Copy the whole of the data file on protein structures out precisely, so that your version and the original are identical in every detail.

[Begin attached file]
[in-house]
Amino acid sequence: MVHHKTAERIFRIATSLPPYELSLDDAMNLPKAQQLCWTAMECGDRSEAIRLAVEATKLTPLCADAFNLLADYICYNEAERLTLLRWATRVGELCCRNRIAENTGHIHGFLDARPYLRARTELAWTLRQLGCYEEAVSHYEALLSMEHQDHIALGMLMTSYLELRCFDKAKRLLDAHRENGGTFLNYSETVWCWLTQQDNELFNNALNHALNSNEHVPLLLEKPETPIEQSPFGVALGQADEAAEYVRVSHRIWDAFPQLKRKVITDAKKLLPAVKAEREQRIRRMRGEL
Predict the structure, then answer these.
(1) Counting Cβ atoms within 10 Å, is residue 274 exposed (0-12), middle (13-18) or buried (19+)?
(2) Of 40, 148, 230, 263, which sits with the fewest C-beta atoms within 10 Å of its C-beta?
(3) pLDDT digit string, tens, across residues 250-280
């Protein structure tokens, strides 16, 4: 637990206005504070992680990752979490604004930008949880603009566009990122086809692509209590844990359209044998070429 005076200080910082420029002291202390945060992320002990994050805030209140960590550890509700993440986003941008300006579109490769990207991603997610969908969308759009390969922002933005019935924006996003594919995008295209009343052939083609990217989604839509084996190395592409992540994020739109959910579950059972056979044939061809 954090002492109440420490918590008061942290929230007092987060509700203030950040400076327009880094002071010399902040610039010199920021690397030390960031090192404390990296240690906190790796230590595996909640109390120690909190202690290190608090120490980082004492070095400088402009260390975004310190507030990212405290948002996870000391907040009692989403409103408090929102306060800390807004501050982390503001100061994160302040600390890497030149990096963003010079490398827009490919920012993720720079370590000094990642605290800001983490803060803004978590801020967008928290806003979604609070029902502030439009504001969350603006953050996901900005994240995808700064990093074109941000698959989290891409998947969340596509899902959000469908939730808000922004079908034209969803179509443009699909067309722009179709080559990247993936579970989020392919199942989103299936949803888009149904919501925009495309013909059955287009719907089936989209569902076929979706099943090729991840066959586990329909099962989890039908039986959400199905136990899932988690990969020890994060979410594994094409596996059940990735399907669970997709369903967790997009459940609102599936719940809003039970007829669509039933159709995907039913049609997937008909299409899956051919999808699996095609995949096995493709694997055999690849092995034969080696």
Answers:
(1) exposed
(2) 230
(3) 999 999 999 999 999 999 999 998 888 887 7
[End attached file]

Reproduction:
[in-house]
Amino acid sequence: MVHHKTAERIFRIATSLPPYELSLDDAMNLPKAQQLCWTAMECGDRSEAIRLAVEATKLTPLCADAFNLLADYICYNEAERLTLLRWATRVGELCCRNRIAENTGHIHGFLDARPYLRARTELAWTLRQLGCYEEAVSHYEALLSMEHQDHIALGMLMTSYLELRCFDKAKRLLDAHRENGGTFLNYSETVWCWLTQQDNELFNNALNHALNSNEHVPLLLEKPETPIEQSPFGVALGQADEAAEYVRVSHRIWDAFPQLKRKVITDAKKLLPAVKAEREQRIRRMRGEL
Predict the structure, then answer these.
(1) Counting Cβ atoms within 10 Å, is residue 274 exposed (0-12), middle (13-18) or buried (19+)?
(2) Of 40, 148, 230, 263, which sits with the fewest C-beta atoms within 10 Å of its C-beta?
(3) pLDDT digit string, tens, across residues 250-280
């Protein structure tokens, strides 16, 4: 637990206005504070992680990752979490604004930008949880603009566009990122086809692509209590844990359209044998070429 005076200080910082420029002291202390945060992320002990994050805030209140960590550890509700993440986003941008300006579109490769990207991603997610969908969308759009390969922002933005019935924006996003594919995008295209009343052939083609990217989604839509084996190395592409992540994020739109959910579950059972056979044939061809 954090002492109440420490918590008061942290929230007092987060509700203030950040400076327009880094002071010399902040610039010199920021690397030390960031090192404390990296240690906190790796230590595996909640109390120690909190202690290190608090120490980082004492070095400088402009260390975004310190507030990212405290948002996870000391907040009692989403409103408090929102306060800390807004501050982390503001100061994160302040600390890497030149990096963003010079490398827009490919920012993720720079370590000094990642605290800001983490803060803004978590801020967008928290806003979604609070029902502030439009504001969350603006953050996901900005994240995808700064990093074109941000698959989290891409998947969340596509899902959000469908939730808000922004079908034209969803179509443009699909067309722009179709080559990247993936579970989020392919199942989103299936949803888009149904919501925009495309013909059955287009719907089936989209569902076929979706099943090729991840066959586990329909099962989890039908039986959400199905136990899932988690990969020890994060979410594994094409596996059940990735399907669970997709369903967790997009459940609102599936719940809003039970007829669509039933159709995907039913049609997937008909299409899956051919999808699996095609995949096995493709694997055999690849092995034969080696």
Answers:
(1) exposed
(2) 230
(3) 999 999 999 999 999 999 999 998 888 887 7